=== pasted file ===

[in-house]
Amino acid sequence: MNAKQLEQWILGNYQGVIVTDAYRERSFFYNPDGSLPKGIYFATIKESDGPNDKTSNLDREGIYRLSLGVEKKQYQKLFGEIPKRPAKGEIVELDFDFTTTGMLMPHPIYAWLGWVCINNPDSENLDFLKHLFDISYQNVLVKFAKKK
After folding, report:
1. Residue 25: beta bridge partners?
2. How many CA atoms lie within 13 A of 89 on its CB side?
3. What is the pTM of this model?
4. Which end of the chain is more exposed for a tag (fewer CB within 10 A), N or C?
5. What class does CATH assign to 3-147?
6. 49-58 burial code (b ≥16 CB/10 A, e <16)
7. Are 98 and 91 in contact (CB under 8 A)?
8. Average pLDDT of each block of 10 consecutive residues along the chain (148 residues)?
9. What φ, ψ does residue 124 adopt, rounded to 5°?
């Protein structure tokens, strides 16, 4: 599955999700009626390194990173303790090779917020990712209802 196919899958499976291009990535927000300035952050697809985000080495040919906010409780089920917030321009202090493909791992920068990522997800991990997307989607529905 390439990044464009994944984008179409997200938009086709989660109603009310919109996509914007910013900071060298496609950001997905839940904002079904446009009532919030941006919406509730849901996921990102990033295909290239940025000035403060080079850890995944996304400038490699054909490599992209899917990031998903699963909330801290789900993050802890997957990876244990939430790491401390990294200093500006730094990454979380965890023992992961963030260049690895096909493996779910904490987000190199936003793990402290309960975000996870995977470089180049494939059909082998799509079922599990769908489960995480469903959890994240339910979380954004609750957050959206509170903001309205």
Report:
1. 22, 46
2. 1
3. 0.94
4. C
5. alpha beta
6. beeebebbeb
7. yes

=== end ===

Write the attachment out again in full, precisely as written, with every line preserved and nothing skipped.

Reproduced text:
[in-house]
Amino acid sequence: MNAKQLEQWILGNYQGVIVTDAYRERSFFYNPDGSLPKGIYFATIKESDGPNDKTSNLDREGIYRLSLGVEKKQYQKLFGEIPKRPAKGEIVELDFDFTTTGMLMPHPIYAWLGWVCINNPDSENLDFLKHLFDISYQNVLVKFAKKK
After folding, report:
1. Residue 25: beta bridge partners?
2. How many CA atoms lie within 13 A of 89 on its CB side?
3. What is the pTM of this model?
4. Which end of the chain is more exposed for a tag (fewer CB within 10 A), N or C?
5. What class does CATH assign to 3-147?
6. 49-58 burial code (b ≥16 CB/10 A, e <16)
7. Are 98 and 91 in contact (CB under 8 A)?
8. Average pLDDT of each block of 10 consecutive residues along the chain (148 residues)?
9. What φ, ψ does residue 124 adopt, rounded to 5°?
């Protein structure tokens, strides 16, 4: 599955999700009626390194990173303790090779917020990712209802 196919899958499976291009990535927000300035952050697809985000080495040919906010409780089920917030321009202090493909791992920068990522997800991990997307989607529905 390439990044464009994944984008179409997200938009086709989660109603009310919109996509914007910013900071060298496609950001997905839940904002079904446009009532919030941006919406509730849901996921990102990033295909290239940025000035403060080079850890995944996304400038490699054909490599992209899917990031998903699963909330801290789900993050802890997957990876244990939430790491401390990294200093500006730094990454979380965890023992992961963030260049690895096909493996779910904490987000190199936003793990402290309960975000996870995977470089180049494939059909082998799509079922599990769908489960995480469903959890994240339910979380954004609750957050959206509170903001309205």
Report:
1. 22, 46
2. 1
3. 0.94
4. C
5. alpha beta
6. beeebebbeb
7. yes